Framing the Social Reality of COVID-19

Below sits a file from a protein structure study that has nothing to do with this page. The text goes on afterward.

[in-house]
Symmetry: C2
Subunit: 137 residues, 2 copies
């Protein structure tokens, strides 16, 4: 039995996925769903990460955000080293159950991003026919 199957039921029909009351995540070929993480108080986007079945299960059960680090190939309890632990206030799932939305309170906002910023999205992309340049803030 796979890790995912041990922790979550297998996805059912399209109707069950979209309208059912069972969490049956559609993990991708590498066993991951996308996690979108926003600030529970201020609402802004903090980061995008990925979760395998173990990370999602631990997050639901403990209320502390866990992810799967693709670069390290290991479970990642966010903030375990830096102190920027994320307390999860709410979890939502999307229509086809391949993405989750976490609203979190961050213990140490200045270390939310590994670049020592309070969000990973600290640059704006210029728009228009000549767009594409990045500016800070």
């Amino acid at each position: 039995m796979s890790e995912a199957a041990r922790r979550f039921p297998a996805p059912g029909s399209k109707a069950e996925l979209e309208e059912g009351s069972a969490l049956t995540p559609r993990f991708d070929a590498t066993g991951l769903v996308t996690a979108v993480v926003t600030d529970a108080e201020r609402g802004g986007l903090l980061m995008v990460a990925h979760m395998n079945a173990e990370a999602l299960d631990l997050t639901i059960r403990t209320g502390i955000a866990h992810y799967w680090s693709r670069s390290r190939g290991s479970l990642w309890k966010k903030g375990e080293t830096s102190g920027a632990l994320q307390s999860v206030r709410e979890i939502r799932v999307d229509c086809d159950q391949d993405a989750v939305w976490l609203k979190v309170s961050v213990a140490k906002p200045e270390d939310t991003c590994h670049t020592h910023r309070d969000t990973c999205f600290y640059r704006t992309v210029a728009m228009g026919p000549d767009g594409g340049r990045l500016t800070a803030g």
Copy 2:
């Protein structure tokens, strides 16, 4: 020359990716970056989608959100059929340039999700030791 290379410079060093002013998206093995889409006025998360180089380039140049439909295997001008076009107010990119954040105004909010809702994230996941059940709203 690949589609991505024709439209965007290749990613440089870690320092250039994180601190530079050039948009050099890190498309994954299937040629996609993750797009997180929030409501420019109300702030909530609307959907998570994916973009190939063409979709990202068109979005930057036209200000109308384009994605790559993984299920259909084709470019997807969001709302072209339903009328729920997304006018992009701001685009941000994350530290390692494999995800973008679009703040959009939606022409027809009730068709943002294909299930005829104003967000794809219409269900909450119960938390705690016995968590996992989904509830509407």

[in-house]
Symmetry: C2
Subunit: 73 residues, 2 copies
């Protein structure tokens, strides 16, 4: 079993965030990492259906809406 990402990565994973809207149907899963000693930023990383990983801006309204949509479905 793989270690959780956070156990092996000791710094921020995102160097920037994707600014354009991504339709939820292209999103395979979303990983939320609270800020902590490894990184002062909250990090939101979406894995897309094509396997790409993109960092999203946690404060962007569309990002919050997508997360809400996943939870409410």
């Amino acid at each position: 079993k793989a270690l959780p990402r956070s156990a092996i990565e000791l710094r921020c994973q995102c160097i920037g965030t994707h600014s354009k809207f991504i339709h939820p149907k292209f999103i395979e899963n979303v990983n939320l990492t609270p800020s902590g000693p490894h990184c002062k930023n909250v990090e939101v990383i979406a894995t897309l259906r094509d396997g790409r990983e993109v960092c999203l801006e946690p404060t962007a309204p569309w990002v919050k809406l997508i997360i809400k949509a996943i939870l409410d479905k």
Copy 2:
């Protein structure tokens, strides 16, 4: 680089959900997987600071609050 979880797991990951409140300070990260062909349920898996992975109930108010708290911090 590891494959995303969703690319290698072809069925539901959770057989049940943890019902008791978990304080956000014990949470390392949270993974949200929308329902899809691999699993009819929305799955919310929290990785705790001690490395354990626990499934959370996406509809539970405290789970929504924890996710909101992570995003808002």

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Beyond the health crisis itself, the COVID-19 pandemic has also given rise to a crisis of information, as public health authorities around the world scramble to control the flow of information about the evolving science of the disease, the interpretation of statistics on infections, hospitalizations and deaths, and the framing of restrictions on movements and gathering, often through the media. Unlike prior infectious disease outbreaks, COVID-19 provides a particularly intriguing area of research because it has affected virtually all parts of the globe. Drawing on a qualitative content analysis of 127 articles, this study explores how the misinformation problem and vaccine hesitancy was written in two national news media sources: The Globe and Mail (Canada) and The Hindu (India). While the two papers framed misinformation and vaccine hesitancy in similar ways, there were some key differences. Both focused on identifying the ‘right’ experts, understanding why people were not listening to the right experts, and what should be done to remedy the misinformation and vaccine hesitancy problem. In India disseminating reliable information to large remote and isolated populations were met with high rates of illiteracy while in Canada problems arose from increasing language barriers and the lack of culturally appropriate signage. The Hindu urged for transparency and accountability from public health authorities while there were no mentions of this in The Globe and Mail. By investigating how the media framed the misinformation and vaccine hesitancy problem, this thesis highlights how media attempt to inform and shape the behaviours and opinions of a population.